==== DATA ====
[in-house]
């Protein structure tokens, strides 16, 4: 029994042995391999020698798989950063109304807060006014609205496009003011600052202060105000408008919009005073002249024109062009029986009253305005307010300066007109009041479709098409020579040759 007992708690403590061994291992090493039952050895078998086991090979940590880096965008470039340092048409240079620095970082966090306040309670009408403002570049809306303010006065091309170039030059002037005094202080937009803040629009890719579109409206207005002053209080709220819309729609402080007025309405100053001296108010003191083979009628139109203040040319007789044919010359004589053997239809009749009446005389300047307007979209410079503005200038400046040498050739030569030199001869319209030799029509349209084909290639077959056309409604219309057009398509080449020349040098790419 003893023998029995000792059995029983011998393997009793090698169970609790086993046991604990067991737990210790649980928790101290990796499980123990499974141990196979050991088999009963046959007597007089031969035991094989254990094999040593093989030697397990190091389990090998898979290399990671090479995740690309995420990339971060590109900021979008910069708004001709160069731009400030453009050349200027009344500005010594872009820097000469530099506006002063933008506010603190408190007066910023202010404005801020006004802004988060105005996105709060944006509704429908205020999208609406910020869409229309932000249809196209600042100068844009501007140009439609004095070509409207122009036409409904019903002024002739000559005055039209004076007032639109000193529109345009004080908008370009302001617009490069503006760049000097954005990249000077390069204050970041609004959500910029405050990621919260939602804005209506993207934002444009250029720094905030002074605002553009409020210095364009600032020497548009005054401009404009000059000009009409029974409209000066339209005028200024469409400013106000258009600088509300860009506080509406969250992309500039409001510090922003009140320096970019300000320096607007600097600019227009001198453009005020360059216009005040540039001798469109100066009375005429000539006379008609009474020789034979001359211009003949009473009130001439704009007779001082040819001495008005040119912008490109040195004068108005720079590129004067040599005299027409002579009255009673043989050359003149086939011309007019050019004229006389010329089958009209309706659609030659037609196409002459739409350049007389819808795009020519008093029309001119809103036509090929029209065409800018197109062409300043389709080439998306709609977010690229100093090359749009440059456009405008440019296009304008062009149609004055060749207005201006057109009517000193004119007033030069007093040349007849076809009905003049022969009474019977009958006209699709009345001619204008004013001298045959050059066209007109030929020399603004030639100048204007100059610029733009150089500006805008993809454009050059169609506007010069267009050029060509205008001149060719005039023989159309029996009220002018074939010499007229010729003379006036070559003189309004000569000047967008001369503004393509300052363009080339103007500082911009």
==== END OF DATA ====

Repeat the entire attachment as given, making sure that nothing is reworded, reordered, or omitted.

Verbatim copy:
[in-house]
């Protein structure tokens, strides 16, 4: 029994042995391999020698798989950063109304807060006014609205496009003011600052202060105000408008919009005073002249024109062009029986009253305005307010300066007109009041479709098409020579040759 007992708690403590061994291992090493039952050895078998086991090979940590880096965008470039340092048409240079620095970082966090306040309670009408403002570049809306303010006065091309170039030059002037005094202080937009803040629009890719579109409206207005002053209080709220819309729609402080007025309405100053001296108010003191083979009628139109203040040319007789044919010359004589053997239809009749009446005389300047307007979209410079503005200038400046040498050739030569030199001869319209030799029509349209084909290639077959056309409604219309057009398509080449020349040098790419 003893023998029995000792059995029983011998393997009793090698169970609790086993046991604990067991737990210790649980928790101290990796499980123990499974141990196979050991088999009963046959007597007089031969035991094989254990094999040593093989030697397990190091389990090998898979290399990671090479995740690309995420990339971060590109900021979008910069708004001709160069731009400030453009050349200027009344500005010594872009820097000469530099506006002063933008506010603190408190007066910023202010404005801020006004802004988060105005996105709060944006509704429908205020999208609406910020869409229309932000249809196209600042100068844009501007140009439609004095070509409207122009036409409904019903002024002739000559005055039209004076007032639109000193529109345009004080908008370009302001617009490069503006760049000097954005990249000077390069204050970041609004959500910029405050990621919260939602804005209506993207934002444009250029720094905030002074605002553009409020210095364009600032020497548009005054401009404009000059000009009409029974409209000066339209005028200024469409400013106000258009600088509300860009506080509406969250992309500039409001510090922003009140320096970019300000320096607007600097600019227009001198453009005020360059216009005040540039001798469109100066009375005429000539006379008609009474020789034979001359211009003949009473009130001439704009007779001082040819001495008005040119912008490109040195004068108005720079590129004067040599005299027409002579009255009673043989050359003149086939011309007019050019004229006389010329089958009209309706659609030659037609196409002459739409350049007389819808795009020519008093029309001119809103036509090929029209065409800018197109062409300043389709080439998306709609977010690229100093090359749009440059456009405008440019296009304008062009149609004055060749207005201006057109009517000193004119007033030069007093040349007849076809009905003049022969009474019977009958006209699709009345001619204008004013001298045959050059066209007109030929020399603004030639100048204007100059610029733009150089500006805008993809454009050059169609506007010069267009050029060509205008001149060719005039023989159309029996009220002018074939010499007229010729003379006036070559003189309004000569000047967008001369503004393509300052363009080339103007500082911009």